Still, it’s a long shot. While Billy Ciancaglini, the last Republican to run for mayor, managed to win nine wards on the city’s outer fringes in the last election over concerns like supervised heroin injection sites and crime, he was ultimately blown out by 60 points in his race against outgoing mayor Jim Kenney. Prior to that, controversial District Attorney Larry Krasner dominated his Republican challenger by a similarly large margin, securing 70 percent of the vote even as he faced growing scrutiny over the efficacy of his office’s liberal sentencing and prosecutorial reforms.
But there is potential in the electorate: even as Democrats are winning elections in landslides there, fewer people are showing up to vote for them.
A Philadelphia Inquirer analysis of voter data in 2022 showed Philadelphia’s vote count dropped 33 percent from 2020, outpacing any other county and nearly a dozen points higher than the state average. That result capped off a two-decade trend dating back to 2000, when Philadelphia’s overall voter turnout had declined significantly faster than anywhere else in the state. And the groups that felt it most, according to the analysis, were the city’s communities of color.
According to the piece, precinct-level results from the 2022 election showed Philadelphia’s turnout decline was sharp in Black neighborhoods as well as Latino ones, which had the steepest declines in votes cast. This was largely because they were ignored, a survey found. According to a 2022 poll of 300 Latino voters by Unidos US—a Latino civil rights organization—just 30 percent were contacted by Democrats ahead of the election, compared with 51 percent who were not contacted by either party.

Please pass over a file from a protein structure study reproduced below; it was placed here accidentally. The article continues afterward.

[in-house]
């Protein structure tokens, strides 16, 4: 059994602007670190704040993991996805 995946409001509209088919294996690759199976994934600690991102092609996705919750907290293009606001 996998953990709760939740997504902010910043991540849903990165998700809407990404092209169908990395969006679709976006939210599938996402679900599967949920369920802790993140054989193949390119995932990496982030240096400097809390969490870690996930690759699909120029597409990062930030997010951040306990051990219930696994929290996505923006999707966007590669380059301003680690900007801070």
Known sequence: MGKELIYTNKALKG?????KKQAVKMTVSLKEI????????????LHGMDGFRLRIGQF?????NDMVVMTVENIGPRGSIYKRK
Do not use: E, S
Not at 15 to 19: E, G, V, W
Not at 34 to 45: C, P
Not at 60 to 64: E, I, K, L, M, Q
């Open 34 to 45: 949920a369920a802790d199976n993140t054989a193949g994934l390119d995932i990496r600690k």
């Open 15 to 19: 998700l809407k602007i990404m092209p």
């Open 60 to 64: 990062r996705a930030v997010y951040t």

And while a vast majority of the respondents said Democrats best-supported their values, many of the issues they ranked as their top priorities—such as inflation (47 percent ranked it as a top-three priority), crime and gun violence (45 percent), and the economy (27 percent)—ranked well above issues like police reform and COVID-19, which were top-ranking issues for just 10 percent of all surveyed voters.
This is where Oh feels Democrats are most vulnerable.
While he is significantly outspent—campaign finance data shows Oh’s war chest in the low six figures, while several of the leading Democrats have fundraised in the millions—the Democratic field is still bitterly divided, with polling showing the race in a five-way tie approaching primary election day, the Inquirer reported. Of those numbers, a large share of the electorate (anywhere between 20 and 30 percent, according to various polls) remained undecided, indicating to Oh that a large share of the Democratic base remained unhappy with their options. Meanwhile, just 25 percent of the city’s registered Republicans actually show up to vote on average, Oh said, leaving only room to grow.